Small businesses are defined as any businesses that employ fewer than 150 people. In general, these can be privately held, shareholder driven or partnership driven. However, their maximum capitalization cannot exceed $50 million.

However, the vast majority of case studies included in this study deal with much small examples of small businesses -- 10 person firms, or even neighborhood Mom 'n' Pop stores.

Risk mitigation means the realistic hope that an impending and probable even that will adversely affect the business is being reduced in its probability of occurrence or its magnitude.

Loss prevention refers to successful risk mitigation resulting in a lower loss of revenue and profits for the small business.

Overview of the Study

This study finds that some of the most critical areas for loss prevention for small businesses are:

1) employee fraud

2) earthquakes

3) litigation

4) technology security issues

As a result, this paper will focus on those four issues and pursue strategies for loss prevention and risk mitigation. Generally, this study discovers that CPAs must be hired, earthquake insurance is not enough to prevent loss, there are indeed prophylactic methods to avoiding litigation and security issues must be combated on almost a weekly basis with regard to small business information technology.

Chapter 2

Literature Review

Introduction

While the events of September 11 have directly or indirectly impacted the daily life of many Americans, business life has also undergone change in so many concrete ways.

According to a survey conducted by Management Recruiters International, Inc. (MRI), nearly one-half (44.8%) of executives polled said that their companies have changed the way they conduct business in the post-9/11 era. MRI is the world's largest search and recruitment organization and a subsidiary of staffing and outsourcing leader CDI Corp. (MRI, 2005)

In further detail, of the nearly 1,800 executives surveyed, 30.7% said that their companies have somewhat changed the way they conduct business, while 14.1% said the change has been great. (MRI, 2005)

"There is no question that September 11 changed our lives forever, because not only have those catastrophic events triggered a domino effect in many sectors of the economy, they have also had an effect on America's workplace mindset," said MRI President and CEO Allen Salikof. (MRI, 2005)

Indeed, the results of the survey were staggering. "What we have seen are changes in day-to-day business activities such as a reduction in business travel in favor of teleconferencing or web conferencing, for example. Disaster contingency planning, an increase in telecommuting, and a shift in the way companies look at their real estate and how they distribute their operations geographically are a few examples of how companies are conducting business differently. We've even heard of instances where job candidates are hesitant to interview at companies headquartered in high-profile skyscrapers," continued Salikof. (MRI, 2005)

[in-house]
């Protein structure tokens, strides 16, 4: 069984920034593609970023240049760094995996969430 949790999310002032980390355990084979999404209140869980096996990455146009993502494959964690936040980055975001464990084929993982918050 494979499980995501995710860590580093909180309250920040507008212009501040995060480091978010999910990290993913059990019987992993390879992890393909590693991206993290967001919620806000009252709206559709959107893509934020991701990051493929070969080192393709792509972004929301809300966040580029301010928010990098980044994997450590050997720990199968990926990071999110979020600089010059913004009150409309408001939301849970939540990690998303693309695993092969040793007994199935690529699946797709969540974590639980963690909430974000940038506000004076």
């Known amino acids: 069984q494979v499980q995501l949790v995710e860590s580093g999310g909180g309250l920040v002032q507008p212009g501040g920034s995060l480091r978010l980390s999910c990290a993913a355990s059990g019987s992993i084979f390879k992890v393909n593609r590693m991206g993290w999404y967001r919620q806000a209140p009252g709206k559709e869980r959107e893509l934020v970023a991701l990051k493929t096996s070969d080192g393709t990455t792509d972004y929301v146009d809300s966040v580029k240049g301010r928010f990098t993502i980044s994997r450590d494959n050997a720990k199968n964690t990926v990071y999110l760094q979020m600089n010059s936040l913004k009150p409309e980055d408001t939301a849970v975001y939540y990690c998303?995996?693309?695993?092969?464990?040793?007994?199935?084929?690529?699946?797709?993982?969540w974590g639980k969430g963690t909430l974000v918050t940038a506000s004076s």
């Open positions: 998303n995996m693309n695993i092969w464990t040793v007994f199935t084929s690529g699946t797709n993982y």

Intriguingly, however, more than 40% of those executives surveyed said that little or nothing had changed in the way they conduct their day-to-day business since September 11. 19.2% said that their companies had not changed anything and 21.8% said that they had only slightly changed how business is being conducted. (MRI, 2005)

"In spite of some changes in the way business is conducted on a daily basis, American resolve to continue 'business as usual' has become a powerful driving force in the workplace. While tightened security in the workplace is here to stay, as time goes by, American business leaders will undoubtedly revert back to doing the things that are best for their business. In addition, many companies not located in close proximity to the attacks have not really felt the impact first-hand," said Salikof. (MRI, 2005)

What is even more staggering is the impact of 9/11 on small businesses. Take Chinatown in New York city, for instance. After the destruction of the Twin Towers, Chinatown was nothing but a dust cloud for several weeks and months following the attacks, rendering many of the groceries, restaurants and fish markets bankrupt -- they were unharmed physically, but no one could walk down the streets to patronize them.

With the added risks of 9/11 and era in which we now live, it is increasingly important for small businesses to prevent preventable losses by having concrete loss minimization and mitigation strategies in place for today and for tomorrow.

There are countless measures in which small businesses can minimize risk, but this paper focuses on some of the most missed practices -- and those that can have the greatest impact.

Specifically, this paper will focus on preventing employee fraud, earthquake damage minimization, litigation mitigation and security risks dealing with technology.

This paper serves as a blueprint for ways in… [END OF PREVIEW] . . . READ MORE